After budget drama, Whitmer outlines areas for compromise before meeting with GOP leaders

By: - October 2, 2019 3:36 pm

Michigan Capitol, March 22, 2019 | Susan J. Demas

After signing the Fiscal Year 2020 budget, albeit with plenty of vetoes, Gov. Gretchen Whitmer on Wednesday laid out a list of key priorities she hopes to address with supplemental funding, saying she is “ready to negotiate” with legislative leaders when she convenes a quadrant meeting Thursday.

Gov. Gretchen Whitmer at a press conference, Oct. 2., 2019 | Laina G. Stebbins

On Monday, she issued 147 line-item vetoes, which amounted to almost $1 billion in cuts from the GOP-led state budget. Whitmer on Tuesday used the State Administrative Board – last used in the early 1990s by former Gov. John Engler – to transfer about $625 million funds within state departments in a maneuver around the Republican-led Legislature.

After a not surprisingly cool reception from GOP leaders, Whitmer held a press conference Wednesday in the Michigan Capitol. 

Her supplemental priorities all involve either restoring or increasing the funding for: Michigan’s Department of Corrections; the Department of Technology, Management and Budget; the Department of Health and Human Services (DHHS); literacy coaches; and the student job-training program Michigan Reconnect.

“These are fundamentals that we have to meet so that we can remain competitive,” Whitmer said.

State board OKs $625M in spending transfers, Whitmer invites GOP leaders to budget meeting Thursday

Budget talks had broken down in the weeks before the start of the fiscal year on Tuesday, mainly over roads. Republican leaders had pushed for a one-time use of General Fund money to repair select roads and bridges across the state. Whitmer, whose gubernatorial campaign hinged on a “Fix the damn roads!” promise, wanted more substantial, long-term funding via a 45-cent gas tax hike.

Whitmer told reporters Wednesday that she had made the best decisions she could, given the circumstances.

“This budget process has not been easy,” Whitmer said. “… I’m not out to vilify anyone; I’m not out to punish anyone. I’m out to make sure that we protect the public safety, public health and public welfare of the people of this state. And I have been, and remain ready to negotiate to do that.”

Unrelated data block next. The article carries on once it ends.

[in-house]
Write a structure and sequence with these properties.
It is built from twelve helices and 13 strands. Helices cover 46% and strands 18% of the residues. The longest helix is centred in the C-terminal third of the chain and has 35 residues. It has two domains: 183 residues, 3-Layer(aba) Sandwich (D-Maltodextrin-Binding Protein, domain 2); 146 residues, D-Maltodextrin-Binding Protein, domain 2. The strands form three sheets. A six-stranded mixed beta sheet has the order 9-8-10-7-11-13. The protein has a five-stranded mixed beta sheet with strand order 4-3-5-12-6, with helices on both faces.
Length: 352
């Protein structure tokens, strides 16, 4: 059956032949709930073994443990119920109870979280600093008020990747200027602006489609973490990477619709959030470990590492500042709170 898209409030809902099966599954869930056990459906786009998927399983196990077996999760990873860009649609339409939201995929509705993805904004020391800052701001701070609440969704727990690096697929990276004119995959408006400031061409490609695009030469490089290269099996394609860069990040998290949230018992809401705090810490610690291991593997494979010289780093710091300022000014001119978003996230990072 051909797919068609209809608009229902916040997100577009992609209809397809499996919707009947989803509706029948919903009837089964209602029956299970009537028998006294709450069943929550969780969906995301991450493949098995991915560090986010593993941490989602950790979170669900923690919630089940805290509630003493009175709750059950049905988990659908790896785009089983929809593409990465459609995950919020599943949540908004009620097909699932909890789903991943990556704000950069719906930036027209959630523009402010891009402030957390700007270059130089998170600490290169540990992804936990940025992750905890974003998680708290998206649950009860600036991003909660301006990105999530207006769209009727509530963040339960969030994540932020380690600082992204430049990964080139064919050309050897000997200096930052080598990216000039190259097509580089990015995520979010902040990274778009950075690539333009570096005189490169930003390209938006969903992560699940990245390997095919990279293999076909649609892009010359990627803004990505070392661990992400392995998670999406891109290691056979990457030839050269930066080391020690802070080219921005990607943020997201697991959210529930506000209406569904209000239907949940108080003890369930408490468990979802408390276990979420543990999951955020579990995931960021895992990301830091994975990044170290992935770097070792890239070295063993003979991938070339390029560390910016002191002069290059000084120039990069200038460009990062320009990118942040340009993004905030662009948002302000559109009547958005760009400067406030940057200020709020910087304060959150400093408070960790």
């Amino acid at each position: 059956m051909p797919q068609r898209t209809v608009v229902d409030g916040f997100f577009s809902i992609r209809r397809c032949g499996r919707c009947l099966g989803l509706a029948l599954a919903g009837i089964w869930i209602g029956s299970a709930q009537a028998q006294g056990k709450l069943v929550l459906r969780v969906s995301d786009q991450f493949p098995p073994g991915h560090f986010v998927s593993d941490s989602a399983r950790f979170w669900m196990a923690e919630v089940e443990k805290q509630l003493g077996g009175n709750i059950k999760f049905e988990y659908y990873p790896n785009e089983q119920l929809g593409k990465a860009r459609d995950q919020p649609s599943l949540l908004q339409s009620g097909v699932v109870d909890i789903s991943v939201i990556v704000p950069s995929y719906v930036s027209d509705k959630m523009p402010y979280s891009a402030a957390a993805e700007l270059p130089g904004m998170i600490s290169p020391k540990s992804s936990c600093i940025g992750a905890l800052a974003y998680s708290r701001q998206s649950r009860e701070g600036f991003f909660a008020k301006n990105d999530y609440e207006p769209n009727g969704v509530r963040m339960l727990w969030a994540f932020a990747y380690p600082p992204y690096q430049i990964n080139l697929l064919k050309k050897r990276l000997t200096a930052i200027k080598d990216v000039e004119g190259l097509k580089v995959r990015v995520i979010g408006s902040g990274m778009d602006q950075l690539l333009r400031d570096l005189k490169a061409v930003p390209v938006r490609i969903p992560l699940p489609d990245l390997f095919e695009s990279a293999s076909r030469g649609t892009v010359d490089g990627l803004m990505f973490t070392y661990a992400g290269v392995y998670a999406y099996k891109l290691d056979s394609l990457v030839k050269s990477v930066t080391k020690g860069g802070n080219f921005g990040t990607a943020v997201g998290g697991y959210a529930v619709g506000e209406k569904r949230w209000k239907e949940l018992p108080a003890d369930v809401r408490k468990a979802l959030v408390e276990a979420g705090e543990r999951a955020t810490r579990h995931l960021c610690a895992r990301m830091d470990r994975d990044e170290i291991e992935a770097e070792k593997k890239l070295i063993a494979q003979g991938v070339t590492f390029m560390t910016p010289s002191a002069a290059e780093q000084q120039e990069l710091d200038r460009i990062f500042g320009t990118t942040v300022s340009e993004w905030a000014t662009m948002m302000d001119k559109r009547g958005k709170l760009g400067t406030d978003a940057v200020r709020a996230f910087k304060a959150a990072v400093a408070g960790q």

Whitmer vetoes almost $1B in GOP ‘pork barrel’ spending in budget

Whitmer’s priorities are:

  • Reverse budget cuts to Michigan’s Department of Corrections, which would also maintain funding for GPS tethers and fund the Vocational Village inmate job training program.
  • Restore funds to the state Department of Technology, Management and Budget, which Whitmer says would prevent layoffs and strengthen cybersecurity
  • Secure better funding for the state Department of Health and Human Services to protect public health
  • Increase funding for literacy coaches to assist teachers and improve early literacy attainment
  • Fund the first two years of Michigan Reconnect, a student job-training program that Whitmer says will start to close the “skills gap” in Michigan

Amber McCann, spokesperson for state Senate Majority Leader Mike Shirkey (R-Clarklake), said Shirkey plans to attend the quadrant meeting scheduled for Thursday in which Whitmer plans to discuss a budget supplemental.

Speaker Lee Chatfield and Senate Majority Leader Mike Shirkey, May 24, 2019 | Nick Manes

“The Majority Leader has said that if Governor Whitmer feels that she made mistakes with some of her vetoes and wishes to address those mistakes, the Majority Leader is open to that discussion,” McCann wrote in an email.

Michigan House Speaker Lee Chatfield (R-Levering) also has confirmed his plans to attend the meeting.

“After three weeks of not hearing from her on budget negotiations, [Whitmer] went to the media with her demands,” Chatfield spokesman Gideon D’Assandro wrote in an email, “so the speaker has not seen her list yet. 

“He is shocked she is using children’s safety, road repairs, veterans benefits, and people with autism as political pawns for leverage to help her get her pet projects and a gas tax hike.”

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Laina G. Stebbins
Laina G. Stebbins

Laina G. Stebbins is a former Michigan Advance reporter. A lifelong Michigander, she is a graduate of Michigan State University’s School of Journalism, where she served as Founding Editor of The Tab Michigan State and as a reporter for the Capital News Service.